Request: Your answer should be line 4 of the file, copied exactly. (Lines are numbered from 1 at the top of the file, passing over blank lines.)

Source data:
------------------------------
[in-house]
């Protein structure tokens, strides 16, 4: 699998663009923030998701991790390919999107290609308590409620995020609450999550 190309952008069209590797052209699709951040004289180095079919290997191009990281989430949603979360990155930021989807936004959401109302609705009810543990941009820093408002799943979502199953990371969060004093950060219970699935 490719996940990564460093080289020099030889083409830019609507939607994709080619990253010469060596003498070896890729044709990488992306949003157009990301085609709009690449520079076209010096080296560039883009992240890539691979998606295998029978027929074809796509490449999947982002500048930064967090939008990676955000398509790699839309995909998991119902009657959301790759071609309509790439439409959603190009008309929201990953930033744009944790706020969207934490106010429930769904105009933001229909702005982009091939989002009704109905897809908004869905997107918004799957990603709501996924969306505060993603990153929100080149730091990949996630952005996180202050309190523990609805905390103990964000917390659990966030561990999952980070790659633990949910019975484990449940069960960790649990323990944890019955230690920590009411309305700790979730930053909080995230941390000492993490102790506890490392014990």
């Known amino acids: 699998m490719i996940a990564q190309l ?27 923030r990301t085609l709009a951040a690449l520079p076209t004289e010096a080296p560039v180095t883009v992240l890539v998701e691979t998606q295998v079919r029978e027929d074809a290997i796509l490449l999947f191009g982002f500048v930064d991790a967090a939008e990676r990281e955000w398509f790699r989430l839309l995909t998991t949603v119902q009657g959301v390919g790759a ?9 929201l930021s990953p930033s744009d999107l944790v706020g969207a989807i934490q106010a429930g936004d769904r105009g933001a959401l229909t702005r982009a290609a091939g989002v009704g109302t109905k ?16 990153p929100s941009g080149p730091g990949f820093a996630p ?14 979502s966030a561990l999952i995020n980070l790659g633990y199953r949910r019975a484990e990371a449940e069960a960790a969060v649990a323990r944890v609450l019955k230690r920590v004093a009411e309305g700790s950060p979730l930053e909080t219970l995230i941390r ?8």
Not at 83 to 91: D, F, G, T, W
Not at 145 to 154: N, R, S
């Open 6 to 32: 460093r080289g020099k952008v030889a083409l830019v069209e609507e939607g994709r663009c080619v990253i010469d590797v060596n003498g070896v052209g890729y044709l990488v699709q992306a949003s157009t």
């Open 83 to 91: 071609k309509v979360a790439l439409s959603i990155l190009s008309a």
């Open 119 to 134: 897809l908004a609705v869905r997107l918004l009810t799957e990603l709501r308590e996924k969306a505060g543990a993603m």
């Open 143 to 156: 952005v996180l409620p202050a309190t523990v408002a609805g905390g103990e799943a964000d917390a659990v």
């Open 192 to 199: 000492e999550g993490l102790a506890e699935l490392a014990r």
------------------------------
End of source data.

Not at 83 to 91: D, F, G, T, W